|EYE WEAR WASN'T A BIG DEAL IN THE '60s.|
|SUITABLE FOR GLUING.|
THE FRONT PAGE
- A perfect subset for Denny McLain to be featured in. He always was a little rough around the edges. Never thought very highly of these 2 1/4 x 3 1/4 Deckle Edge cards until I started seeing them in Archives packs. They've grown on me since, like Minis and asparagus. I got all of the Archives Deckles, and I picked up the McLain, my first of the originals, at my last card show. I'm going to build this set, too.
THE BACK PAGE
- Interesting how Topps lists these as "photos'' and not cards. They sure would look perfect in a photo album with yellowed tape across the corners.
- Some collectors despise black and white photography, but I'm not one of them. I think that's why I like the Archives Deckles so much. You don't get to see modern players in black and white. Of course, guys like McLain, with those nerdy glasses and spartan road flannels, fit the period to a T.
- McLain was coming off one of the greatest pitching performances ever from The Year of the Pitcher: 31-6, 1.96 ERA, 28 complete games, 280 K's and 68 walks.
- That was good enough to win the MVP and Cy Young, the first AL pitcher to win both awards in the same season.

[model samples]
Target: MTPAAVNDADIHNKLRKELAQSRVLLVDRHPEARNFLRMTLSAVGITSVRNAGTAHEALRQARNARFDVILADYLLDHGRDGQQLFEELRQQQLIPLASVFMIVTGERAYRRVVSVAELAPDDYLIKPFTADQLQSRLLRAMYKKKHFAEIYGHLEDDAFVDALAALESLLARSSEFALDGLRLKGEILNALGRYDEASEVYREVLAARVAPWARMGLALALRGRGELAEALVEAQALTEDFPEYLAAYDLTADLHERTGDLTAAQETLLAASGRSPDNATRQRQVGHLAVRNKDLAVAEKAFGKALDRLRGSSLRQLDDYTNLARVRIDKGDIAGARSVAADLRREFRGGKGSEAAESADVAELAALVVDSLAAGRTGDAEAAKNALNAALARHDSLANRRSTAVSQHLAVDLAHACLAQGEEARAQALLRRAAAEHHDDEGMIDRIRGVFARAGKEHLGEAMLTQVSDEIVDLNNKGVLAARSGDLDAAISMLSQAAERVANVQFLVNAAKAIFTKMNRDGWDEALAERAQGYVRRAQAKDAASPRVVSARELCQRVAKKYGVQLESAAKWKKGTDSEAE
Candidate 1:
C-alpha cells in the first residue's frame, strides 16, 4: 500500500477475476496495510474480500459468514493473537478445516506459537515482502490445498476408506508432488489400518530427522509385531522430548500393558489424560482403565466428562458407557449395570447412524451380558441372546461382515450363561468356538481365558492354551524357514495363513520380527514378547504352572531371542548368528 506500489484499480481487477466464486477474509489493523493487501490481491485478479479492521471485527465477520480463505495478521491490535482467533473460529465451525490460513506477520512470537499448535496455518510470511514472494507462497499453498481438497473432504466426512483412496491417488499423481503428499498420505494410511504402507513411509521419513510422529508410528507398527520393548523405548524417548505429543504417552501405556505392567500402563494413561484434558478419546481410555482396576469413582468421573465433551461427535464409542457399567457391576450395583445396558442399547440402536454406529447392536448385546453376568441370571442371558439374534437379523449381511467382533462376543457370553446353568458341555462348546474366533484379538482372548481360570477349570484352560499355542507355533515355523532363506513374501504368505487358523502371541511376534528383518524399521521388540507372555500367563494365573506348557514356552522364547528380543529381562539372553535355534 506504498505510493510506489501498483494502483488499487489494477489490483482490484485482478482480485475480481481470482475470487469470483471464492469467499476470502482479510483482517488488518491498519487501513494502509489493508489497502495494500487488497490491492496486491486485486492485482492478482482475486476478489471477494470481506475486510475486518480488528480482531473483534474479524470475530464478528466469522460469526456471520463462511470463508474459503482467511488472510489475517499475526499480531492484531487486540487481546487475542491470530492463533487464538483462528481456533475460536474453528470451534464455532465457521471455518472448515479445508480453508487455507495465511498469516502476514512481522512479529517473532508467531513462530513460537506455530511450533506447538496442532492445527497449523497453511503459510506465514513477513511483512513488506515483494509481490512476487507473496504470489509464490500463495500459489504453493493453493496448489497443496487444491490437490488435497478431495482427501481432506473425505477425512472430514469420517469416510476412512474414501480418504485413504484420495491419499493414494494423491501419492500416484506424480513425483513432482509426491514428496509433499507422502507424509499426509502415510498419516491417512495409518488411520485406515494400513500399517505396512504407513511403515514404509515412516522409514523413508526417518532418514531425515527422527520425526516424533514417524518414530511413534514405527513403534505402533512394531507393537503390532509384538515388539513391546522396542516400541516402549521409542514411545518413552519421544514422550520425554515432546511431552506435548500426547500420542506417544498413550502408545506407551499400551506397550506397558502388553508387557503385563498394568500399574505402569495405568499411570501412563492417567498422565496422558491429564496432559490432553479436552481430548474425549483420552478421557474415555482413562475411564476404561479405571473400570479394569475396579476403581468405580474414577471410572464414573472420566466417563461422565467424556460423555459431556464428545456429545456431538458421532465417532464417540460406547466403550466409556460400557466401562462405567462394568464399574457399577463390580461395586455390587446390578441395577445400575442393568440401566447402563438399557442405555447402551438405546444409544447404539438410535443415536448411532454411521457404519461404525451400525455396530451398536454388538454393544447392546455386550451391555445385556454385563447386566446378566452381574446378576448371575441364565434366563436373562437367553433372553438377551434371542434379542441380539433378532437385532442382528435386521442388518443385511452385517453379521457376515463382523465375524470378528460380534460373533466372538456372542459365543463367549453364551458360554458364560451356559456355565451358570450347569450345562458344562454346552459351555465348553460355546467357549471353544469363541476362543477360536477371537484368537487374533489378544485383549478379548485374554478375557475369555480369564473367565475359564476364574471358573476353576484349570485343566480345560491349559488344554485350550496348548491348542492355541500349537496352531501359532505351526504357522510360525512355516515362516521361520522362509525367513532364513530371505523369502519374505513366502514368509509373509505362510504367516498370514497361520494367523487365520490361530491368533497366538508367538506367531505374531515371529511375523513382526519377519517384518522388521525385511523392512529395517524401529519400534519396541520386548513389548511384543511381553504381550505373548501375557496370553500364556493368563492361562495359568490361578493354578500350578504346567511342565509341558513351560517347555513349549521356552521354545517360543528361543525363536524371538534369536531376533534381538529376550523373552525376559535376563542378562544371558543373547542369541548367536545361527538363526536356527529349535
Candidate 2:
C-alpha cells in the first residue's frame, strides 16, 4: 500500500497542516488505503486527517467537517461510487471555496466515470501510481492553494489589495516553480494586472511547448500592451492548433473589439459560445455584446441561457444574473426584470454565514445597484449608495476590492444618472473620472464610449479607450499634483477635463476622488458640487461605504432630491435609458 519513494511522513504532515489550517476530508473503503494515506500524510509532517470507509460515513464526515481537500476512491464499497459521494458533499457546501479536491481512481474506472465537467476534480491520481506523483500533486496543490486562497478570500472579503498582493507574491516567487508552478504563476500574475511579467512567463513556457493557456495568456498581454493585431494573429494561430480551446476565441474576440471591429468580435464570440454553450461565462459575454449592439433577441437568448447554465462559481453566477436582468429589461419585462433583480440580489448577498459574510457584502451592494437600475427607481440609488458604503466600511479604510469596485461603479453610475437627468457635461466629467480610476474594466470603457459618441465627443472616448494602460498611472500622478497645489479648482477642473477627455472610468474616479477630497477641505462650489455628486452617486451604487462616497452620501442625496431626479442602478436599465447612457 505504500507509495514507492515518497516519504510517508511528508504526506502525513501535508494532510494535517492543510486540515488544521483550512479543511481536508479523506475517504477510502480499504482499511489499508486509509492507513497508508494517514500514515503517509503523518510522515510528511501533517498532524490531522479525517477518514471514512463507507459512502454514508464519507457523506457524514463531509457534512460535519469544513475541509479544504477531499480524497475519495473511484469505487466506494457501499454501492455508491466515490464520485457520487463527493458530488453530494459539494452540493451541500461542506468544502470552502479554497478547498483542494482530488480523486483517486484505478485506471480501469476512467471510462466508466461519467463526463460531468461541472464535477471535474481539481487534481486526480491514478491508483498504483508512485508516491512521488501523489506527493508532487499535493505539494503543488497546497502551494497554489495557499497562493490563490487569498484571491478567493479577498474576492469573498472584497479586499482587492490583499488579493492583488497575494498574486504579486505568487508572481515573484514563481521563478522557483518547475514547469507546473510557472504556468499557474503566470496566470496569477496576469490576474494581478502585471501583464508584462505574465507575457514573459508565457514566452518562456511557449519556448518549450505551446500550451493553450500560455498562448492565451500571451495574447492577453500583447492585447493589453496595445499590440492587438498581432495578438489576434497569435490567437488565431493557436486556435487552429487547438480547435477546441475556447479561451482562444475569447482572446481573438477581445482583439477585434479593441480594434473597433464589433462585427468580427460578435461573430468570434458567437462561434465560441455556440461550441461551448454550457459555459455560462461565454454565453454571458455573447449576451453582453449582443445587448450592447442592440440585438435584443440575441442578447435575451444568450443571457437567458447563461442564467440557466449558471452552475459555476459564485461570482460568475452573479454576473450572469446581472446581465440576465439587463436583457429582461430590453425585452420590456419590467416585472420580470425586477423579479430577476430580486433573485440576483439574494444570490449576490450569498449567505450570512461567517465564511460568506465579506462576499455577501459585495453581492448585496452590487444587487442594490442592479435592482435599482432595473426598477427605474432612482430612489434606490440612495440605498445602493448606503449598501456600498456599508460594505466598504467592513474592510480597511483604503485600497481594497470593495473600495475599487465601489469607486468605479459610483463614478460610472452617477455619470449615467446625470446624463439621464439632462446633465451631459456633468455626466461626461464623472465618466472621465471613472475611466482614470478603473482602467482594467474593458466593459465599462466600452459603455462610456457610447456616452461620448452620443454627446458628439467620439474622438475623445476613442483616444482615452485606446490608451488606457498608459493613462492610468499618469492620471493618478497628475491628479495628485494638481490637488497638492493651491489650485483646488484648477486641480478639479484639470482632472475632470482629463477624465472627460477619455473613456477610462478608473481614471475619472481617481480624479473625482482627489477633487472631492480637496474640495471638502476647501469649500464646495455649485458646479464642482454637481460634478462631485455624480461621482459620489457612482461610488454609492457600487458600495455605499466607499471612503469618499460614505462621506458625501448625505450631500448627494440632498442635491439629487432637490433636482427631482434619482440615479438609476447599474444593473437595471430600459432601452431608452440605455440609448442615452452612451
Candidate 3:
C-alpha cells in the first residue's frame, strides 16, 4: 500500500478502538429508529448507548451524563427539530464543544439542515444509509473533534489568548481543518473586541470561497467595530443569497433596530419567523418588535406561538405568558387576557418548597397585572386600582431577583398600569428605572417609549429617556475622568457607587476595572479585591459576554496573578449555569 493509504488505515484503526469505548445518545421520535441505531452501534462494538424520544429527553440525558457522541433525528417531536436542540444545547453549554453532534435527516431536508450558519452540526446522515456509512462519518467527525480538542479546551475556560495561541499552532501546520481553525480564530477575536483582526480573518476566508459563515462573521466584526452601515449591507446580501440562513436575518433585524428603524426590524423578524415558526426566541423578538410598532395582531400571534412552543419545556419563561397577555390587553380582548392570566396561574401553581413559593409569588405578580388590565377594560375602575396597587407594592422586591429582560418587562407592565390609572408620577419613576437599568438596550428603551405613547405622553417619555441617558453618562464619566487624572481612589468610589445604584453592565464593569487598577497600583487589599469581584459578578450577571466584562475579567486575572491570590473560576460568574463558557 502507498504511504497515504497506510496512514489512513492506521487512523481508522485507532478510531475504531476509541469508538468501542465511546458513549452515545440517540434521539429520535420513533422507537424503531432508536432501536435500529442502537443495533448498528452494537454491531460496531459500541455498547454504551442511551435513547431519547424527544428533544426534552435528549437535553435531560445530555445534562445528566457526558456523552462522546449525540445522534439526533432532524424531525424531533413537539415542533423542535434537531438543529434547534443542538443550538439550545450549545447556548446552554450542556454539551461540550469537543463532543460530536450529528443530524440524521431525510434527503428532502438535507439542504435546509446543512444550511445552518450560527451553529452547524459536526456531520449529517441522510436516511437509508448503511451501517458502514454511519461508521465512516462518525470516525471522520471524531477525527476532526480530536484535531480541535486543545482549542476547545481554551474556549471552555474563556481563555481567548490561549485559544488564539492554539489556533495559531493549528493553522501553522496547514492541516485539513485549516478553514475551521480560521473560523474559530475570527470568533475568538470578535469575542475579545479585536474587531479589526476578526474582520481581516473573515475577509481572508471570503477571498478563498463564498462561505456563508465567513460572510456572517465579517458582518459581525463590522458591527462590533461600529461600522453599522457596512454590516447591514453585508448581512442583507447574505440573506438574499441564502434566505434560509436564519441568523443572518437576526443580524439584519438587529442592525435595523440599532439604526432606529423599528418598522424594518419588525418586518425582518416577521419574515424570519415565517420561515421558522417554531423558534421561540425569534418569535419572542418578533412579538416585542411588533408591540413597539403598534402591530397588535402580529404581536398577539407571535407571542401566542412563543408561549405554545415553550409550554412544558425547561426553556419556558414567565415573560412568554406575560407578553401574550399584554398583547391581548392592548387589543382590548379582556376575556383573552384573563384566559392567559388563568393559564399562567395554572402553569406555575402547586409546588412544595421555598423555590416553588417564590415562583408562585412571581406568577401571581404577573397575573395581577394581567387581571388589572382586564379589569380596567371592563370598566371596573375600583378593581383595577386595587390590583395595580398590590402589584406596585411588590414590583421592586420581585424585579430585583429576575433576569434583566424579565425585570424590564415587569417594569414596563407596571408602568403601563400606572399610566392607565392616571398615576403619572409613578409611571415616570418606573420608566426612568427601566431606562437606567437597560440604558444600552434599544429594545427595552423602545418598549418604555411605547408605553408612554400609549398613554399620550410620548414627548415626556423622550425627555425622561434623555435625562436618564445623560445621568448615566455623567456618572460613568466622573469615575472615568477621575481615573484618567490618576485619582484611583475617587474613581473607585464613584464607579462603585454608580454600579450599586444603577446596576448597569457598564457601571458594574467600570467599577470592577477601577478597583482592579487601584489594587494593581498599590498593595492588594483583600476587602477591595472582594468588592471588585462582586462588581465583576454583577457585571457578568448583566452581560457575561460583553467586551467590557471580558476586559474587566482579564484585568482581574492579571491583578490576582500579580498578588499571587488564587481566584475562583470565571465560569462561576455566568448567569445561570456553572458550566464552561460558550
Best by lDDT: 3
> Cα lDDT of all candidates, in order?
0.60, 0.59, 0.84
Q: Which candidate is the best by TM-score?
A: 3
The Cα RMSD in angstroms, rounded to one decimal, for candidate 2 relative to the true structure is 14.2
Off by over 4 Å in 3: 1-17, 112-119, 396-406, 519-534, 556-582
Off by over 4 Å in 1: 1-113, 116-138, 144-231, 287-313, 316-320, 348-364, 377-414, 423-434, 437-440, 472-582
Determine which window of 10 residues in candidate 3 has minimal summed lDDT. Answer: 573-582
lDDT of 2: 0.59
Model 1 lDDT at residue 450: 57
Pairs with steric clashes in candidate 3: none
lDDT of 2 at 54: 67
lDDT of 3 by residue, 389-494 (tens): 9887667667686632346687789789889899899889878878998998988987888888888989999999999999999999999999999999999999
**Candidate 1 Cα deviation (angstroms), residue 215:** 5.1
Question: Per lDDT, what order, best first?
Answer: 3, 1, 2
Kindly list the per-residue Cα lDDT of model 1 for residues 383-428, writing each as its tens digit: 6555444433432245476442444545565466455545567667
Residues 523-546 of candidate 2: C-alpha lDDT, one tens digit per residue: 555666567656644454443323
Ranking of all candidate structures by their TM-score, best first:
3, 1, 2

- He carried the Tigers to the World Series, where he was overshadowed by No. 2 starter Mickey Lolich, who won three games. The Tigers overcame a 3-1 World Series deficit to beat the defending champion Cardinals in seven games with a little defensive help from an unlikely player.
- McLain followed that with 24 more wins in '69 and another Cy Young (sharing it, actually, with the Orioles' Mike Cuellar).
- McLain was an accomplished musician (organ) and played in nightclubs and released two albums, Denny McLain at the Organ and Denny McLain in Las Vegas.
- I vaguely remember the controversy he created during the '69 All-Star Game, in which he was selected to start. Instead, he missed it in order to keep a dentist appointment. He did arrive by the second inning and took the mound in the fourth all minty fresh.
- You can't talk about McLain without delving into his "jacket'' (prison record). He was never arrested for murder or treason, but he was for racketeering, drug trafficking, embezzlement and failing to appear for a court hearing.
- Then there's the baseball suspensions. He earned time off for gambling, dumping water on two sportswriters and for carrying a gun on a team flight; those suspensions occurred during the '70 season.
- The next season, he lost 22 games, becoming the first pitcher to lead the league in wins one year and losses in another.
- McLain was traded to the Senators for the '71 season and didn't exactly hit it off with Manager Ted Williams, who was not happy with the acquisition. Hard to imagine. Teddy was such a happy-go-lucky fellow who easily identified with free-spirits. Not surprisingly, McLain headed an unsuccessful five-player mutiny.
- McLain would pitch for the A's and Braves in '72 before being released in the spring of '73, and he never returned to the majors.